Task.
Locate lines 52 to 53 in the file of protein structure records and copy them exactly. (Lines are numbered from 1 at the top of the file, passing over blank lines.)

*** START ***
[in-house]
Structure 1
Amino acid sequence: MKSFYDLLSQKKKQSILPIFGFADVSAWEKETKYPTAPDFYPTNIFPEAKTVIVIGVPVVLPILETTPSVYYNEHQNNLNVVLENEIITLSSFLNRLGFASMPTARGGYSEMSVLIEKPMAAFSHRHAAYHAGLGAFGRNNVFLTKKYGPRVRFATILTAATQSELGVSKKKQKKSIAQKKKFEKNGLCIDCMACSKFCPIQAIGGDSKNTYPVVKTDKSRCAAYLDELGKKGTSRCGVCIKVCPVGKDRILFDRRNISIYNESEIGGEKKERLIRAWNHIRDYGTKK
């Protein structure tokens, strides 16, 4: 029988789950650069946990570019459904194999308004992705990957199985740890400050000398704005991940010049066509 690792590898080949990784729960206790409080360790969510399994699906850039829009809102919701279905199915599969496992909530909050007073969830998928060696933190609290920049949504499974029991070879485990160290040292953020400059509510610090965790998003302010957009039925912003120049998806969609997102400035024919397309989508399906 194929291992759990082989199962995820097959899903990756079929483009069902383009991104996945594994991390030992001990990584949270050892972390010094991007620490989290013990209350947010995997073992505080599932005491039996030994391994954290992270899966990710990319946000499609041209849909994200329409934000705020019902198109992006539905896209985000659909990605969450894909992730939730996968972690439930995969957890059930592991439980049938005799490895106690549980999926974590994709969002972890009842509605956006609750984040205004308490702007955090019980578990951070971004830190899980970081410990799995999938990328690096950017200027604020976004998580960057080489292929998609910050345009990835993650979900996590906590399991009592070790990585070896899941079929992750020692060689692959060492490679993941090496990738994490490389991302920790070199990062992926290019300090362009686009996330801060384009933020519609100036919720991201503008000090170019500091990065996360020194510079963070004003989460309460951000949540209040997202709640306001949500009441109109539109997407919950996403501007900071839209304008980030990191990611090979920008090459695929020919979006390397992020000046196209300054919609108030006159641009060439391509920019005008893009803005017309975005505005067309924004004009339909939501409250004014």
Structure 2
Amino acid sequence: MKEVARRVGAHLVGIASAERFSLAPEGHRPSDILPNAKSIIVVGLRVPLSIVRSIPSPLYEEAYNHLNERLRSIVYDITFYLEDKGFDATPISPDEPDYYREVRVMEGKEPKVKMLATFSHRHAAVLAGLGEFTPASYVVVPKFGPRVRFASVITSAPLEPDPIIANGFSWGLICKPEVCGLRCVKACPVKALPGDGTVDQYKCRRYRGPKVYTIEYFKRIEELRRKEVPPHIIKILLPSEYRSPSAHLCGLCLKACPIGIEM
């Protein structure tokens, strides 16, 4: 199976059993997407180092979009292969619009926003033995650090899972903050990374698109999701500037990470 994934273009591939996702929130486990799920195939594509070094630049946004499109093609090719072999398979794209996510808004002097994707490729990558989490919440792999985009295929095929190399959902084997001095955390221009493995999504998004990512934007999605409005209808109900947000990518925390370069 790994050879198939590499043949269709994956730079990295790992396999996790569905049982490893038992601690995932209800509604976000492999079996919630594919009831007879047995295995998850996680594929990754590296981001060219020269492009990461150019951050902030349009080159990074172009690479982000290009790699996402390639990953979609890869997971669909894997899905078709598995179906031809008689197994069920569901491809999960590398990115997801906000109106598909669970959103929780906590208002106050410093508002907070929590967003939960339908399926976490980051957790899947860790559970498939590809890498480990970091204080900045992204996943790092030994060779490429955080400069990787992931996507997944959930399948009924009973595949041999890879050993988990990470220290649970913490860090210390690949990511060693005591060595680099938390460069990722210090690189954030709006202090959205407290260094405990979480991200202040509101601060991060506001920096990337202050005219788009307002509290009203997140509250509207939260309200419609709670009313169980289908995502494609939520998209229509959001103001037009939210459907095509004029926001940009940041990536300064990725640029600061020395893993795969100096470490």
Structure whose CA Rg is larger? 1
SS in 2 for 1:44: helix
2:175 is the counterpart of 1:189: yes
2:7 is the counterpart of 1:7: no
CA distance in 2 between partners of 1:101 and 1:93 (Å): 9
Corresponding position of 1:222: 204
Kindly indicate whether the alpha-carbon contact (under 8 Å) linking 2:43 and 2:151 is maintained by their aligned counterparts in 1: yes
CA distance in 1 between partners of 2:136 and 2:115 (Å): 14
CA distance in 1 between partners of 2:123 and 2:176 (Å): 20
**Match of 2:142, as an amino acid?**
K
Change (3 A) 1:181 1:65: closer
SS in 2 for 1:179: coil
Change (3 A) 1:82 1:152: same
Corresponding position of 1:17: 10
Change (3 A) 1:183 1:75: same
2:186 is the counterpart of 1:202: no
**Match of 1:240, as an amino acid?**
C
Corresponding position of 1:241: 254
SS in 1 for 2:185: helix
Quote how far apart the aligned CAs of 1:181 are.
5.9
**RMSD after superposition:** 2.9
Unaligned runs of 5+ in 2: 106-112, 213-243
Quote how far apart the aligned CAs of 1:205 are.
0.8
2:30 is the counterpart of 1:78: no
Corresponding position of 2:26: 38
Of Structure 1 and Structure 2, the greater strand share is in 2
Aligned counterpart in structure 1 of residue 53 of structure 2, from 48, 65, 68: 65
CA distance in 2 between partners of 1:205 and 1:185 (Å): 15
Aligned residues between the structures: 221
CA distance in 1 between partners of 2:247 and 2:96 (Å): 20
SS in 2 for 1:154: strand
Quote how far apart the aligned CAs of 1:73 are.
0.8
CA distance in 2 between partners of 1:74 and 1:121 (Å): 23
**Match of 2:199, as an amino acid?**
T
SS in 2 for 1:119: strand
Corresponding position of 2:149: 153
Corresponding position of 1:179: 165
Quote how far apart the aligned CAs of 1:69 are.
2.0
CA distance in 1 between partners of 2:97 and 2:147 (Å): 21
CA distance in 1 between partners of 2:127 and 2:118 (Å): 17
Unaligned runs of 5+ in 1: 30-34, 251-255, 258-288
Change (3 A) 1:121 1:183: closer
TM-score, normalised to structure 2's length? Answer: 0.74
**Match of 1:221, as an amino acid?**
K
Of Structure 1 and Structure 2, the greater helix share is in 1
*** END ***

2.0
CA distance in 1 between partners of 2:97 and 2:147 (Å): 21